Nigerian cement tycoon Aliko Dangote is the richest black person in the world, with a fortune estimated at $12.2 billion. He is followed by Saudi-Ethiopian construction magnate Mohammed Al-Amoudi, who is worth $8.4 billion.
This year, two black moguls fall off the ranks of the richest black people on earth, and they are both Nigerian – oil tycoon Femi Otedola and cement mogul Abdulsamad Rabiu. While Otedola fell off the list as a result of the plunging share price of his oil company, Forte Oil, a devaluation of the Nigerian currency, the Naira, was responsible for Rabiu’s ousting. Angolan investor Isabel dos Santos, American media mogul Oprah Winfrey and Nigerian oil woman Folorunsho Alakija are still the only black female billionaires on the FORBES billionaires list.
Aliko Dangote, $12.2 billion
Nigerian, Sugar, Cement, Flour
Aliko Dangote is not only Africa’s richest man; he’s also the richest black person in the world. Dangote built his fortune trading in cement, sugar and flour but subsequently ventured into manufacturing these commodities. His Dangote Cement is the largest cement producer in Africa with operations in several African countries. In January he announced plans to establish a $100 million truck manufacturing facility in Lagos in partnership with SINOTRUK, a Chinese firm.
Mohammed Al-Amoudi, $8.4billion
Saudi Arabian, Oil
Mohammed Al-Amoudi is one of the richest men in the Arab world, but he has deep Ethiopian roots. His mother was Ethiopian and he has been investing heavily in the African country for many years. In Ethiopia, his Midroc Ethiopia Technology Investment Group has investments in gold mining, leather production, agro processing, transport and construction. Outside Ethiopia, he owns oil refineries in Morocco and Sweden and oil fields off West Africa.
Mike Adenuga, $6.1 billion
In October last year, Nigerian billionaire Mike Adenuga was conferred with the Ghanaian national award of ‘Companion Of The Star of Ghana’, the highest national honors in Ghana on account of his extensive investments in the West African country. Adenuga is one of the largest owners of residential and commercial property in Ghana. His mobile telecom company, Globacom, also has operations in Ghana. Adenuga built his fortune in oil and mobile telecoms. His Conoil Producing was the first indigenous Nigerian oil exploration company to strike oil in commercial quantities in Nigeria. His mobile telecoms company, Globacom, is the second largest operator in Nigeria.
Isabel Dos Santos, $3.1 billion
The oldest daughter of Angola’s outgoing president and Africa’s richest woman owns a significant stake in Unitel, the country’s largest mobile phone network, and a stake in Banco BIC. Outside Angola, she owns nearly 6% of oil and gas firm Galp Energia (alongside Portuguese billionaire Americo Amorim), and nearly 19% of Banco BPI, the country’s fourth-largest bank. She is also a controlling shareholder of Portuguese cable TV and telecom firm Nos SGPS (formerly called Zon).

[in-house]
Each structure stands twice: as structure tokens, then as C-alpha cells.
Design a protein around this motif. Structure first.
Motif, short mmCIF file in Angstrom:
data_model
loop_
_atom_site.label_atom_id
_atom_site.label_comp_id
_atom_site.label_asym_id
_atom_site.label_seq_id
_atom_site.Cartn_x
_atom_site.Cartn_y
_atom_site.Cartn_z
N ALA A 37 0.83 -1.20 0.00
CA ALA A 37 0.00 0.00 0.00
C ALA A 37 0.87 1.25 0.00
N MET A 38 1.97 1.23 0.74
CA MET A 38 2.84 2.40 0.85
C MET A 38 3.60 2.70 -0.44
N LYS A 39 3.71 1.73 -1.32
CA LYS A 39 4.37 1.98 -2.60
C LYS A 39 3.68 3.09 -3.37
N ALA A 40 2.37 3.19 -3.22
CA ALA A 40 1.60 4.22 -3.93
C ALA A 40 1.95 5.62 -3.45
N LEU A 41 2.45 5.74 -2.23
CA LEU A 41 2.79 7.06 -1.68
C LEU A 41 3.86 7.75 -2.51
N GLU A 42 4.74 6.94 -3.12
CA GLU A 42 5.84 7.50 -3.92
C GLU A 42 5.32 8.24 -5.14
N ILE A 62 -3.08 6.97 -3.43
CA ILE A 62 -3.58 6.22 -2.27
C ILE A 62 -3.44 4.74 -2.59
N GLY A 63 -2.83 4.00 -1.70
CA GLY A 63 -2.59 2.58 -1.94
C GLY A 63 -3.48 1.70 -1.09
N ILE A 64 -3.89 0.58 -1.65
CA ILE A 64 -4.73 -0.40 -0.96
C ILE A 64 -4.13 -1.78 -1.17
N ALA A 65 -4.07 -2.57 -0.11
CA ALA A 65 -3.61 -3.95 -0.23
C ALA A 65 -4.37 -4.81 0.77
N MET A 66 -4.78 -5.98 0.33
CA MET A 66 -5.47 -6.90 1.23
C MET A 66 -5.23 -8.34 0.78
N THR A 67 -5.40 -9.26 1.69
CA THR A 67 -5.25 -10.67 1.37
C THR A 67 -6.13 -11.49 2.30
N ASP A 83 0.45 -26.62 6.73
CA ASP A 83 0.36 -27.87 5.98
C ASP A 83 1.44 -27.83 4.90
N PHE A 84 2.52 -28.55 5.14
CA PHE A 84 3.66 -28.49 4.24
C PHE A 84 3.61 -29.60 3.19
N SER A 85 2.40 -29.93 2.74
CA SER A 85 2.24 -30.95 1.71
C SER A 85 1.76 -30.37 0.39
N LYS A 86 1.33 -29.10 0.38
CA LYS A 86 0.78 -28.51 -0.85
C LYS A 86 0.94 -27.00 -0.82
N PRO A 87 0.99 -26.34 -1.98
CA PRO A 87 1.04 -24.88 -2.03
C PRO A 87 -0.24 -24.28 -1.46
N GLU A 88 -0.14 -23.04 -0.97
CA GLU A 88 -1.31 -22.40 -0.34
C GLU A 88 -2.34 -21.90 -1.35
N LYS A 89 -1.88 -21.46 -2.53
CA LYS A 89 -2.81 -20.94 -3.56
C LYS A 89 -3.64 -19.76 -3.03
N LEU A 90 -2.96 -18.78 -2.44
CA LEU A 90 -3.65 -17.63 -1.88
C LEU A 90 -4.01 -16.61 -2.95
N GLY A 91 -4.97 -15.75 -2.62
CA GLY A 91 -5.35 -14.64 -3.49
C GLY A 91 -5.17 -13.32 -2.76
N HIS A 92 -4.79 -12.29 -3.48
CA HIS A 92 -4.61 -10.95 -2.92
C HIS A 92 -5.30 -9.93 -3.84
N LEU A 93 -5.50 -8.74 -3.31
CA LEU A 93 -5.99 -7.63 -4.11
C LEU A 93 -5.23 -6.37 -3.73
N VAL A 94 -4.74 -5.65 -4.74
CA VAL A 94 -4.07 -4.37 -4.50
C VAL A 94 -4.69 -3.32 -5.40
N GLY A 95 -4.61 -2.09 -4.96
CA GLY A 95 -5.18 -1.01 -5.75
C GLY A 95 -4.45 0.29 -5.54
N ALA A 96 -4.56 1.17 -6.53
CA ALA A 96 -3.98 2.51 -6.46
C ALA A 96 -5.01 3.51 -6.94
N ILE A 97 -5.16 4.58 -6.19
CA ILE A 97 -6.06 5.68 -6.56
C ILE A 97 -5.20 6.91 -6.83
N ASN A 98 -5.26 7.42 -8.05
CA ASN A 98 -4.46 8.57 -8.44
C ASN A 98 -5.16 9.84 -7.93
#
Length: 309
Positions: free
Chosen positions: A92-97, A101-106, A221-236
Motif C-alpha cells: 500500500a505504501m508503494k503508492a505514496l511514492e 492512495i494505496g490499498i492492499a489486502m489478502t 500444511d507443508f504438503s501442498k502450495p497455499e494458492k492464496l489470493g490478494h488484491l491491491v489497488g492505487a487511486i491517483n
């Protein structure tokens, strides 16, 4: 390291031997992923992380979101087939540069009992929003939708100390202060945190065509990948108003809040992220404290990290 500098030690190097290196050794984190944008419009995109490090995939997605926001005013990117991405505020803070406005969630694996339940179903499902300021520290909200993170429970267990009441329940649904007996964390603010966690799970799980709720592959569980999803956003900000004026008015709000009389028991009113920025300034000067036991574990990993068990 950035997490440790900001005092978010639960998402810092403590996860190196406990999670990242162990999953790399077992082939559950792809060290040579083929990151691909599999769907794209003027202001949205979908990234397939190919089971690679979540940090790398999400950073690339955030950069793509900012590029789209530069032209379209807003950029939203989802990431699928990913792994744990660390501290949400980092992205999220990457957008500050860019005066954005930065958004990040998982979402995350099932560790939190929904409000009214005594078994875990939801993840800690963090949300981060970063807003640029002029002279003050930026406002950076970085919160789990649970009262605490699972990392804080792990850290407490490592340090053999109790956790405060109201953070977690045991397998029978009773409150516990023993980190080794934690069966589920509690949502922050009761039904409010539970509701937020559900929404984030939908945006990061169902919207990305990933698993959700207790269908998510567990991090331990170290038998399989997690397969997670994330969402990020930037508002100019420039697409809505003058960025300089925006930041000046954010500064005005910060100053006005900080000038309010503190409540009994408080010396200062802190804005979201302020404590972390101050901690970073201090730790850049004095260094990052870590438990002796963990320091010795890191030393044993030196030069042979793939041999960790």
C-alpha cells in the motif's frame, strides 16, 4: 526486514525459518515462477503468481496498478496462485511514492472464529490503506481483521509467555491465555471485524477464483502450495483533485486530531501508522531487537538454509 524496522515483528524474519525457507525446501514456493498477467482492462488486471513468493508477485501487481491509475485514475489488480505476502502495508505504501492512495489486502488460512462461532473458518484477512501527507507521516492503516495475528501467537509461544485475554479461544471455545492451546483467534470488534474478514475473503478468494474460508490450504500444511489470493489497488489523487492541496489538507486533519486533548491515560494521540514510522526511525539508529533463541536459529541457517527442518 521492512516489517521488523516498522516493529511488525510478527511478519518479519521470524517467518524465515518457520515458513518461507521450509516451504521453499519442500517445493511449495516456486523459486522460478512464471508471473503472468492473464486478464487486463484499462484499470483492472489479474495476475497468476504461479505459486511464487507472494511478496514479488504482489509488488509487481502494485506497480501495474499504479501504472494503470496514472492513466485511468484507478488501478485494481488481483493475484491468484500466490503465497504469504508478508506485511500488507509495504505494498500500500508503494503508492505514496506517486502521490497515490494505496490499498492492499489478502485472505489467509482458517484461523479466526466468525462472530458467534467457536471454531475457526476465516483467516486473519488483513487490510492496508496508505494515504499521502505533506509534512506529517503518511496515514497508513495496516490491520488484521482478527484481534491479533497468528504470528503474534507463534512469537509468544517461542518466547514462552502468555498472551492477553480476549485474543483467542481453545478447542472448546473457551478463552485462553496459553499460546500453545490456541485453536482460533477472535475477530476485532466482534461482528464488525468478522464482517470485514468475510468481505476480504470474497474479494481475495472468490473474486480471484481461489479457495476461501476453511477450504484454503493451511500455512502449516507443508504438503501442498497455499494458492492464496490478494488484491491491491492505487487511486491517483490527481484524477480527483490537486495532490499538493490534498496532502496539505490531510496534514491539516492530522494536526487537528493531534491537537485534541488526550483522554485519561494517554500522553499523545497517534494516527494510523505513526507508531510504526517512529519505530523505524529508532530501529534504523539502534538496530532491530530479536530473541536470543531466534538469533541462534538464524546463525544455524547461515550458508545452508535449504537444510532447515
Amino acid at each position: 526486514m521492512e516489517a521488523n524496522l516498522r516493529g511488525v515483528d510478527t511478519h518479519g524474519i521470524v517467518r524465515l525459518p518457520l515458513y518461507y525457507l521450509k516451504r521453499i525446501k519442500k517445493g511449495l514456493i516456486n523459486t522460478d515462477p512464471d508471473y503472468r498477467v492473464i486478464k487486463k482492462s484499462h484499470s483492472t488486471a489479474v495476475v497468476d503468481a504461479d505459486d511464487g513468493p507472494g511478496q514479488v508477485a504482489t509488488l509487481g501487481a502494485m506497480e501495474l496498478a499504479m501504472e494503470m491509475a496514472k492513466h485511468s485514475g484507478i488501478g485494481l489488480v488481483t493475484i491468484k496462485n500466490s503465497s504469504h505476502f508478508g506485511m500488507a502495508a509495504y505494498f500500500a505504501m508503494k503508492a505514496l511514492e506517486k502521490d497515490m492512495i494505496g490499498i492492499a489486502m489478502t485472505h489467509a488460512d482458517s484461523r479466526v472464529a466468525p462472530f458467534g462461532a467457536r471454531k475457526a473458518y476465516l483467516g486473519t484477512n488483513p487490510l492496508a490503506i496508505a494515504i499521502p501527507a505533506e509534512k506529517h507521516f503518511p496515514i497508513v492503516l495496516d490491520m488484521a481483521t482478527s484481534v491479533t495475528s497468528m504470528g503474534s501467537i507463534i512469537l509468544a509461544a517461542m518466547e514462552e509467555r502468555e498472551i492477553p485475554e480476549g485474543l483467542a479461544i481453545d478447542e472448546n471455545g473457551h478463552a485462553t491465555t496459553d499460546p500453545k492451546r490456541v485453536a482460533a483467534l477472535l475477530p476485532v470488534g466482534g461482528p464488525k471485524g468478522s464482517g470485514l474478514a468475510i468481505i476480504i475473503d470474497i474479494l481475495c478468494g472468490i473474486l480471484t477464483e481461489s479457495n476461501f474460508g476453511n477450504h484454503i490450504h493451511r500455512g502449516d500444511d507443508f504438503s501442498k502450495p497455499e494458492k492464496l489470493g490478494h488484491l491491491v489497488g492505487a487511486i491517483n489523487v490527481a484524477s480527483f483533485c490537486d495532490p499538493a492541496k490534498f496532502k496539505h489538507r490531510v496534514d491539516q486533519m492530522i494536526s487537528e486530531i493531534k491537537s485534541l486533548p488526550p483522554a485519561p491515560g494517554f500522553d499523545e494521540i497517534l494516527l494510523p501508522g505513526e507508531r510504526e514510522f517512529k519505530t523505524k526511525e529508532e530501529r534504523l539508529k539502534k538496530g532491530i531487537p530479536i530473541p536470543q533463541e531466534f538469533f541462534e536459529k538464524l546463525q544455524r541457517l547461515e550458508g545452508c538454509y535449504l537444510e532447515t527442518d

Oprah Winfrey, $3 billion
Oprah, once the queen of daytime TV, is still the richest African-American person in the world. Her once struggling cable channel, OWN (Oprah Winfrey Network) is now cash flow positive and is enjoying soaring ratings on the back of a series of successful sitcom and drama collaborations with director Tyler Perry.
Robert Smith, $2.5 billion
Smith is the founder of private equity shop, Vista Equity Partners, an Austin, Texas firm that is best known for fixing up enterprise software outfits. He is married to 2010 Playboy Playmate of the Year Hope Dworaczyk.
Patrice Motsepe, $1.81 billion
South African, Mining
After making a fortune in mining through his African Rainbow Minerals, South Africa’s first black billionaire, Patrice Motsepe, is now reinvesting via private equity. In the last year, his new investment company, African Rainbow Capital, has made a series of investments in leading South African financial services companies. He is also the president and owner of the Mamelodi Sundowns Football Club.
Folorunsho Alakija, $1.61 billion
Nigeria’s only female billionaire is the founder of Famfa Oil, a Nigerian company that owns a substantial participating interest in OML 127, a lucrative oil block on the Agbami deep-water oilfield in Nigeria. Alakija started off as a secretary in a Nigerian merchant bank in the 1970s, then quit her job to study fashion design in England. Upon her return, she founded a Nigerian fashion label that catered to upscale clientele, including Maryam Babangida, wife to Nigeria’s former military president Ibrahim Babangida.
Michael Jordan, $1.31 billion
Basketball’s greatest player is the majority shareholder of Charlotte Bobcats and enjoys lucrative deals with the likes of Gatorade, Hanes and Upper Deck. His biggest pile comes from Brand Jordan, a $1 billion (sales) sportswear partnership with Nike.
Mohammed Ibrahim, $1.14 billion
British, Mobile Telecoms, Investments
Mo Ibrahim made his initial fortune as the founder of Celtel, an African mobile phone company, which he sold to MTC of Kuwait for $3.4 billion in 2005. He now reinvests through Satya Capital, a U.K-based, African focused private equity firm.